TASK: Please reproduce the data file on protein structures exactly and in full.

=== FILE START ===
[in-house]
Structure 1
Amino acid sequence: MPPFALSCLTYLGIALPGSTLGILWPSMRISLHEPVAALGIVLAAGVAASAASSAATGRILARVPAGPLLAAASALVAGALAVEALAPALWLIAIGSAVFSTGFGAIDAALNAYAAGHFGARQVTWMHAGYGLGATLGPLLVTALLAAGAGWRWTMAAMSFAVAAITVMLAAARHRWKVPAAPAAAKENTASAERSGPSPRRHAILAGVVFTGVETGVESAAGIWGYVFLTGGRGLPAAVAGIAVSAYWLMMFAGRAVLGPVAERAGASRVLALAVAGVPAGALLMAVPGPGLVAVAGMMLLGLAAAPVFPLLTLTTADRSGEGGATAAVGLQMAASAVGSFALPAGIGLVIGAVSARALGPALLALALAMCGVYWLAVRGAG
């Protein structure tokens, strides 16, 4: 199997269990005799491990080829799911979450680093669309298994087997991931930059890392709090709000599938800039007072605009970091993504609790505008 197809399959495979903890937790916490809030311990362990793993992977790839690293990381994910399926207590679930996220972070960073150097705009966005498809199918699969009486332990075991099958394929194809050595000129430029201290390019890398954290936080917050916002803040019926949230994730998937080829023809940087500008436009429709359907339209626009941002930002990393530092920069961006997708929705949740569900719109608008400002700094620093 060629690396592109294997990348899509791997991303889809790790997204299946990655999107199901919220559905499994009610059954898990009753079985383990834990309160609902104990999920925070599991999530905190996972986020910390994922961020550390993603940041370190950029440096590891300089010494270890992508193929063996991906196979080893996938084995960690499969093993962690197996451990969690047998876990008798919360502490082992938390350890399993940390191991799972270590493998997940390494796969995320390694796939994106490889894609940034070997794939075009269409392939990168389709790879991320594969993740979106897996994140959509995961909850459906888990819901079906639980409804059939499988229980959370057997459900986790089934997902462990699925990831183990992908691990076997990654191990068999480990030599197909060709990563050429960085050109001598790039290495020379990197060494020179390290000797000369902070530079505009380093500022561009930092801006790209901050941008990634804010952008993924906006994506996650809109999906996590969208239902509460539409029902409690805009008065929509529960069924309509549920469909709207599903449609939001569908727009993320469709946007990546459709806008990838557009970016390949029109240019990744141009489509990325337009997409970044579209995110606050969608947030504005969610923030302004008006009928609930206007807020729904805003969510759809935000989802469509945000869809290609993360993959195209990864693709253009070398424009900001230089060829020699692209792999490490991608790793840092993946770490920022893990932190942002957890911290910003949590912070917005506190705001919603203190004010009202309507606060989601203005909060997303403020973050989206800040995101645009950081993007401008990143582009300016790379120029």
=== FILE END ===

[in-house]
Structure 1
Amino acid sequence: MPPFALSCLTYLGIALPGSTLGILWPSMRISLHEPVAALGIVLAAGVAASAASSAATGRILARVPAGPLLAAASALVAGALAVEALAPALWLIAIGSAVFSTGFGAIDAALNAYAAGHFGARQVTWMHAGYGLGATLGPLLVTALLAAGAGWRWTMAAMSFAVAAITVMLAAARHRWKVPAAPAAAKENTASAERSGPSPRRHAILAGVVFTGVETGVESAAGIWGYVFLTGGRGLPAAVAGIAVSAYWLMMFAGRAVLGPVAERAGASRVLALAVAGVPAGALLMAVPGPGLVAVAGMMLLGLAAAPVFPLLTLTTADRSGEGGATAAVGLQMAASAVGSFALPAGIGLVIGAVSARALGPALLALALAMCGVYWLAVRGAG
């Protein structure tokens, strides 16, 4: 199997269990005799491990080829799911979450680093669309298994087997991931930059890392709090709000599938800039007072605009970091993504609790505008 197809399959495979903890937790916490809030311990362990793993992977790839690293990381994910399926207590679930996220972070960073150097705009966005498809199918699969009486332990075991099958394929194809050595000129430029201290390019890398954290936080917050916002803040019926949230994730998937080829023809940087500008436009429709359907339209626009941002930002990393530092920069961006997708929705949740569900719109608008400002700094620093 060629690396592109294997990348899509791997991303889809790790997204299946990655999107199901919220559905499994009610059954898990009753079985383990834990309160609902104990999920925070599991999530905190996972986020910390994922961020550390993603940041370190950029440096590891300089010494270890992508193929063996991906196979080893996938084995960690499969093993962690197996451990969690047998876990008798919360502490082992938390350890399993940390191991799972270590493998997940390494796969995320390694796939994106490889894609940034070997794939075009269409392939990168389709790879991320594969993740979106897996994140959509995961909850459906888990819901079906639980409804059939499988229980959370057997459900986790089934997902462990699925990831183990992908691990076997990654191990068999480990030599197909060709990563050429960085050109001598790039290495020379990197060494020179390290000797000369902070530079505009380093500022561009930092801006790209901050941008990634804010952008993924906006994506996650809109999906996590969208239902509460539409029902409690805009008065929509529960069924309509549920469909709207599903449609939001569908727009993320469709946007990546459709806008990838557009970016390949029109240019990744141009489509990325337009997409970044579209995110606050969608947030504005969610923030302004008006009928609930206007807020729904805003969510759809935000989802469509945000869809290609993360993959195209990864693709253009070398424009900001230089060829020699692209792999490490991608790793840092993946770490920022893990932190942002957890911290910003949590912070917005506190705001919603203190004010009202309507606060989601203005909060997303403020973050989206800040995101645009950081993007401008990143582009300016790379120029």